Columbia, SC- South Carolina lawmakers are mulling two pieces of legislation they believe would make roads in the state safer by strengthening the DUI penalties for first offenders and making chemical tests mandatory if the offender causes a deadly accident.
One of the pieces of legislation, Emma’s Law, was would require first time DUI offenders, who have a blood alcohol content above 0.12 to have an ignition interlock device installed in their vehicles. Ignition interlock devices are attached to a vehicle’s ignition, and are similar to breathalyzers used by law enforcement officers. An offender is required to blow into the device, and if their BAC is above the legal limit their car won’t start.
The bill, called Emma’s Law, would also require the offender to obtain a new driver’s license which states they have an ignition interlock so they don’t try to get around the law by driving another vehicle that doesn’t have the device. Additional penalties would kick in for offenders who violate the law, according to the State.
Under South Carolina’s current laws, ignition interlocks are mandatory for a second DUI offense.
Named after a young girl, Emma Longstreet, who was killed in DUI accident, Emma’s law is one among many across the country aimed at making DUI laws stronger. Last year the NTSB and Mothers Against Drunk Driving actively began pushing states to introduce legislation similar to Emma’s Law.
Last month, MADD released data that showed the majority of DUI fatalities are caused by first-time DUI offenders.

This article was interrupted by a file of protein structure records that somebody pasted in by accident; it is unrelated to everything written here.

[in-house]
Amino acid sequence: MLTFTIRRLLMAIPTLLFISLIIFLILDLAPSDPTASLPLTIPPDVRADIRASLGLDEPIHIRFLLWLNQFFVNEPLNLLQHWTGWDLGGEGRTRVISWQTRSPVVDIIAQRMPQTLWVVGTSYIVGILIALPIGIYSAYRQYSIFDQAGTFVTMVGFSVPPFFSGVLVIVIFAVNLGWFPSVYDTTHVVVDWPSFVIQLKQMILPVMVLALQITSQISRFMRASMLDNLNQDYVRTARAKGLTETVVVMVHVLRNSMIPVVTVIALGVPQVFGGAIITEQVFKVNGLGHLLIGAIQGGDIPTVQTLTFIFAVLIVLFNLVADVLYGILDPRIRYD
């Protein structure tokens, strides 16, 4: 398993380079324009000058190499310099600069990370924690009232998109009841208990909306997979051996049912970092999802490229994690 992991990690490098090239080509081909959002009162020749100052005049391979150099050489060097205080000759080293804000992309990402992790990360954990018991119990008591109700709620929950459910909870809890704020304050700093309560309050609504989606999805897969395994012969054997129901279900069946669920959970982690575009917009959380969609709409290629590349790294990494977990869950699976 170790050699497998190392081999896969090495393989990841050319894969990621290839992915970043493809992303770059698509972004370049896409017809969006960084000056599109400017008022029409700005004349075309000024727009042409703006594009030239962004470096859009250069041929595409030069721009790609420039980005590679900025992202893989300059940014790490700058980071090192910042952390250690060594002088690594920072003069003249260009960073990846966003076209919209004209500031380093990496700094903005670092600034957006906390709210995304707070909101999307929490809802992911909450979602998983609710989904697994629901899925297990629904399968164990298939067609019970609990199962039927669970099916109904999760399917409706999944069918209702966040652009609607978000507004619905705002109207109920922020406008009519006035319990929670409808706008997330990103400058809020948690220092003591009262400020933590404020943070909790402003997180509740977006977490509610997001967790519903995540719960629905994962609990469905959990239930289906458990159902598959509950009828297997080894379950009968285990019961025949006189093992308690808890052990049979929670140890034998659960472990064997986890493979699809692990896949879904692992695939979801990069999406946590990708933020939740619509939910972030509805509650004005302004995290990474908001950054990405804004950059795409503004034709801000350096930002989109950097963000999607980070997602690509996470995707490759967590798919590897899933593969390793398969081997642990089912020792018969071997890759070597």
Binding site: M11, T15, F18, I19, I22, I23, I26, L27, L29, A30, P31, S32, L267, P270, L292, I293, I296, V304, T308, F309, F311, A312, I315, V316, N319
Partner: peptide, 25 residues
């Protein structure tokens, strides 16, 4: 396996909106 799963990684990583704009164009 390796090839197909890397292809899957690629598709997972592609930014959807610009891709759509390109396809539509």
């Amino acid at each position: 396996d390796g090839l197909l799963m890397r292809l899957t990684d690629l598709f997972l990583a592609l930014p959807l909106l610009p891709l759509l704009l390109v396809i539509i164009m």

“’First-time’ offenders are rarely first-time drunk drivers,” MADD said in a news release. “Conservative estimates show that a first-time convicted OWI offender has driven drunk at least 80 times prior to being arrested.”
That statement is confirmed by statistics from the National Highway Traffic Safety Administration which show 93 percent of drivers involved in a fatal crash with a BAC over .08 had no prior DUI convictions in the past three years.
But the ignition interlock law is not well-received by DUI attorneys who question the reliability of the devices, and argue ignition interlocks can be costly for the offender. Ignition interlocks can give inaccurate readings if they are not properly calibrated. It can cost an offender $200 to $300 to have the devices installed and they must an average of $130 monthly maintenance and calibration fees.
Another bill, S.B. 861, would make chemical tests mandatory for any suspected DUI offender at the scene of a fatal accident who refuses field sobriety tests.
Both bills are in subcommittee but they have a great deal of support among lawmakers.
People know driving under the influence is not only illegal, but can also be dangerous, However when a person is drunk or on drugs they are not necessarily making sound decisions. While there are plenty of people who drive when they know they shouldn’t, there are others who erred in their judgment and deserve to defend themselves against their DUI charges. A DUI attorney can help a person minimize the impact a DUI charge can have on their lives.